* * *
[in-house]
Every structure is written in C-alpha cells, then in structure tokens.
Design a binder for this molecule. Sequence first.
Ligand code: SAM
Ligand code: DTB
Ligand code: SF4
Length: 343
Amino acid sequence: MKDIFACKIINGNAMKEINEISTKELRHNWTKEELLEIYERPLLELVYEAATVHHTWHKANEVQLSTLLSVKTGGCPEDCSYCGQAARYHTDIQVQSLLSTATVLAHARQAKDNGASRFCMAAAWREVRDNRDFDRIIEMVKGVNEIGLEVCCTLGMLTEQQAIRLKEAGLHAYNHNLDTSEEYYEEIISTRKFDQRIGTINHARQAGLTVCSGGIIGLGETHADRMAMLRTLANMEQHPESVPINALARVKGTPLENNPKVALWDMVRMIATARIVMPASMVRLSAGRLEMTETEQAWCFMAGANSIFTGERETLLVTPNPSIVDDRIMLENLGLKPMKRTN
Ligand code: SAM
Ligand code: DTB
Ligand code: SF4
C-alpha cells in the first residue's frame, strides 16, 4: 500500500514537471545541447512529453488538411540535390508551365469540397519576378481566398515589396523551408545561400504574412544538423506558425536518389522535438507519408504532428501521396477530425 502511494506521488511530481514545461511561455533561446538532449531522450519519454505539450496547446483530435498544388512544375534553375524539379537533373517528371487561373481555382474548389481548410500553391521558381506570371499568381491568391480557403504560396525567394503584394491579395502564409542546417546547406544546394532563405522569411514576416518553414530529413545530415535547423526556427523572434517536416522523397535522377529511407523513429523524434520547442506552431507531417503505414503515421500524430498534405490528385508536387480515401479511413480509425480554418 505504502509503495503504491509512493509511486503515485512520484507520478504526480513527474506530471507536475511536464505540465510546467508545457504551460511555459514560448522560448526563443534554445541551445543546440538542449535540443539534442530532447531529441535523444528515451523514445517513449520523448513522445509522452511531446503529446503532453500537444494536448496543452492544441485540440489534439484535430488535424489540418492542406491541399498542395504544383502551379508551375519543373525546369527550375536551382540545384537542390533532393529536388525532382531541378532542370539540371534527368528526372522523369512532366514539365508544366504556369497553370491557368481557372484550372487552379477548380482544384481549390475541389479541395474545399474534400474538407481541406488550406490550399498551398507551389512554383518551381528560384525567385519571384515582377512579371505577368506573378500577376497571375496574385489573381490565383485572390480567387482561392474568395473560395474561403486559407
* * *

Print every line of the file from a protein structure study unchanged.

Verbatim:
[in-house]
Every structure is written in C-alpha cells, then in structure tokens.
Design a binder for this molecule. Sequence first.
Ligand code: SAM
Ligand code: DTB
Ligand code: SF4
Length: 343
Amino acid sequence: MKDIFACKIINGNAMKEINEISTKELRHNWTKEELLEIYERPLLELVYEAATVHHTWHKANEVQLSTLLSVKTGGCPEDCSYCGQAARYHTDIQVQSLLSTATVLAHARQAKDNGASRFCMAAAWREVRDNRDFDRIIEMVKGVNEIGLEVCCTLGMLTEQQAIRLKEAGLHAYNHNLDTSEEYYEEIISTRKFDQRIGTINHARQAGLTVCSGGIIGLGETHADRMAMLRTLANMEQHPESVPINALARVKGTPLENNPKVALWDMVRMIATARIVMPASMVRLSAGRLEMTETEQAWCFMAGANSIFTGERETLLVTPNPSIVDDRIMLENLGLKPMKRTN
Ligand code: SAM
Ligand code: DTB
Ligand code: SF4
C-alpha cells in the first residue's frame, strides 16, 4: 500500500514537471545541447512529453488538411540535390508551365469540397519576378481566398515589396523551408545561400504574412544538423506558425536518389522535438507519408504532428501521396477530425 502511494506521488511530481514545461511561455533561446538532449531522450519519454505539450496547446483530435498544388512544375534553375524539379537533373517528371487561373481555382474548389481548410500553391521558381506570371499568381491568391480557403504560396525567394503584394491579395502564409542546417546547406544546394532563405522569411514576416518553414530529413545530415535547423526556427523572434517536416522523397535522377529511407523513429523524434520547442506552431507531417503505414503515421500524430498534405490528385508536387480515401479511413480509425480554418 505504502509503495503504491509512493509511486503515485512520484507520478504526480513527474506530471507536475511536464505540465510546467508545457504551460511555459514560448522560448526563443534554445541551445543546440538542449535540443539534442530532447531529441535523444528515451523514445517513449520523448513522445509522452511531446503529446503532453500537444494536448496543452492544441485540440489534439484535430488535424489540418492542406491541399498542395504544383502551379508551375519543373525546369527550375536551382540545384537542390533532393529536388525532382531541378532542370539540371534527368528526372522523369512532366514539365508544366504556369497553370491557368481557372484550372487552379477548380482544384481549390475541389479541395474545399474534400474538407481541406488550406490550399498551398507551389512554383518551381528560384525567385519571384515582377512579371505577368506573378500577376497571375496574385489573381490565383485572390480567387482561392474568395473560395474561403486559407